Built-in 1224 AD by Hoysala King Veera Narasimha, the temple is dedicated to Lord Lakshmi Narasimha, an incarnation of God Vishnu. The monument is protected by Archaeological Survey of India.
Lakshmi Narasimha Temple comes in a triple form, known as Vimana. While one of the shrines is south facing, the other two are north and west facing.
Soapstone has been used to construct the temple. If you touch the walls there is a soapy feeling and the stone is really tender.
The Dhwajasthamba and Garudasthamba greet us as we enter the courtyard. The Temple is built on a three-feet-high star-shaped platform called Jagati that appears to rest on the back of ashtadikgajas (eight elephants). This is symbolic of the fact that elephants were used to transport the stones from the quarry required for building the structure.
Inner walls of the shrine are plain and square, unlike the outer walls which are star-shaped (Nakshatra) which provides enough space to exhibit Sculptures.
The external wall has two eves. The first eve consists of small towers which exhibit miniature decorations on pilasters, known as aedicule. The second set of eves is followed by a panel engraved with the images of deities and by a set of moldings.
The closed central hall has no windows connects to the three sanctums via a vestibule (called sukhanasi).
There is a slab in Kannada inscription at the temple which exhibits the construction details.
Alone with Lord Lakshmi Narasimha (protector of mankind and slayer of evil demons and spirits), the temple has idols (murthis) of Lord Ganesha, Lord Sri Krishna, Goddess Sharadamba and Lord Purushottama along with the deity the Lord Narasimha. These four idols surround the main idol of Lord Narasimha.
The statue of Lord Narasimha is in a relaxed position, protecting his devotee Prahlada.
Lakshmi Narasimha Temple- The Open Air Architectural Gallery
Some of the vital sculptures of the Lakshmi Narasimha Temple of Bhadravati is Lord Krishna playing the flute and a man with a serpent.
Sculptures of deities, apsaras, musicians and dancers, some of which are defaced and broken. However, the turrets, carved on the upper reaches of the wall, over 100 of them, are intact and represent models of towers seen in numerous temples of India. Sculptures also tell regarding the daily lifestyle of the thirteenth century.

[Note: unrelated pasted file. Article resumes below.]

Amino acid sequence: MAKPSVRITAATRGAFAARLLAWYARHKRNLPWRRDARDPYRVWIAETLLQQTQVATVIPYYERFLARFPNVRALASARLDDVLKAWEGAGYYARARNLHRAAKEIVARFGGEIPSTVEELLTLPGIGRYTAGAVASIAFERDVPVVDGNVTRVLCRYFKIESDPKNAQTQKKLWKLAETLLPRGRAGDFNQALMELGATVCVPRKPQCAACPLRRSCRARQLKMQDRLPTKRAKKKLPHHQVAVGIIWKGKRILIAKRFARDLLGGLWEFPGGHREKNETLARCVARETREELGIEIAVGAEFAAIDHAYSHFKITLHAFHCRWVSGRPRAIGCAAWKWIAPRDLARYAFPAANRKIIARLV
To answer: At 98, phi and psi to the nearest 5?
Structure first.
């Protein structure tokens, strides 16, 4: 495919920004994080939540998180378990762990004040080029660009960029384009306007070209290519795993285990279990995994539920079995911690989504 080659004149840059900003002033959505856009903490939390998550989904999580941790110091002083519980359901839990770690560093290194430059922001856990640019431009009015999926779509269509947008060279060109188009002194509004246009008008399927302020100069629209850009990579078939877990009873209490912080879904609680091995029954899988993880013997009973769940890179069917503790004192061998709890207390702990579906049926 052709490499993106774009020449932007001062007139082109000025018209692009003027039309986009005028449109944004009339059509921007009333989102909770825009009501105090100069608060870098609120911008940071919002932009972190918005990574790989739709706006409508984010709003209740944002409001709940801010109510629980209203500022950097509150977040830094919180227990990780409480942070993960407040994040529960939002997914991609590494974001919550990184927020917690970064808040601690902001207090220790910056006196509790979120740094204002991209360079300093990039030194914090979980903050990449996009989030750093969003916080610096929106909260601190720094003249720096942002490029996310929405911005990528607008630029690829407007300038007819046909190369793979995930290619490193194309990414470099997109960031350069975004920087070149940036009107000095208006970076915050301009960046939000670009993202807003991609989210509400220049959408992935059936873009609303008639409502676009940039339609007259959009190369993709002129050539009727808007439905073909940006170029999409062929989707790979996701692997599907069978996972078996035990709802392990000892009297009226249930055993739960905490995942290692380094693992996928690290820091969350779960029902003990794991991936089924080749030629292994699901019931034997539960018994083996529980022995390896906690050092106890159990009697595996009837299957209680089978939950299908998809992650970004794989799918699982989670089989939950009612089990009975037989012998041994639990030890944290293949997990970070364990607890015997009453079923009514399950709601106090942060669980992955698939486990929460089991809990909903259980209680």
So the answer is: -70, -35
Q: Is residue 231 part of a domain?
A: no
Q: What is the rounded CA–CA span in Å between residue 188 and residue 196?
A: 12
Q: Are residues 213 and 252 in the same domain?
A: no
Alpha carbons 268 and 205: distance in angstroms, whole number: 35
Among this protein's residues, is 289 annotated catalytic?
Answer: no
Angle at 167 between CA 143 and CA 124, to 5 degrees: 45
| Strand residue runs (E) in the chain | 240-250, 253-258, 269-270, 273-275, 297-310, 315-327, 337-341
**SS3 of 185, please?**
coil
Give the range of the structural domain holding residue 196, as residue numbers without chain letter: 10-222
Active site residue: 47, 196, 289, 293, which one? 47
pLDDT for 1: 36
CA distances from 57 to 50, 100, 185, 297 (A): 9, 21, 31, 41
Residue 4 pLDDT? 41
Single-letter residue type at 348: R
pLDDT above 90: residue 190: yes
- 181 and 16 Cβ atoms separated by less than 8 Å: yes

Lakshmi Narasimha Temple is highly acclaimed by the tourist for its architecture, sacredness and serenity.
The temple is situated right in the middle of the old town and is well maintained with daily puja happening with great fanfare, and regular local visitors to the temple have kept the premises in good condition.
It is believed that here, Lord Vishnu in the avatar of Varaha, that is, wild boar, rescued Bhudevi, that is, Goddess Earth. She was held captive within the ocean by demon Hirayankasha. As per Holy Scriptures, once Varaha lifted earth together with his 2 tusks, stream Tunga and Bhadra were formed. Also, the city of Bhadravati was long referred to as "Vankipura", named when the sage Vanki had performed penance and had worshipped Lord Lakshmi Narasimha in this region for a long time. With time Vankipura came to be referred to as Benkipura and Benki Pattana, which means ‘City of fire,' thanks to the presence of giant iron ore deposits and therefore the important establishment of many furnaces here that made firearms for export.
Legend has it that during Rama's rule of Ayodhya when he made rounds of his kingdom to ascertain the welfare of his people, he observed his shadow appeared in two forms: one as a vanara or monkey and the other as a human. Puzzled by this unusual phenomenon, he sought the reason for this.
The twin shadows apparently were caused because he had been cursed by the vanara king Vaali whom he had killed, not face-to-face, but while hiding himself behind a tree in a confrontation that was really between Sugreeva and Vaali. This was contrary to the Kshatriya traditions. To be relieved of Vaali's curse, Rama was asked to go to the sacred Tungabhadra river, pray to Lord Narasimha and install the Ishwara lingam.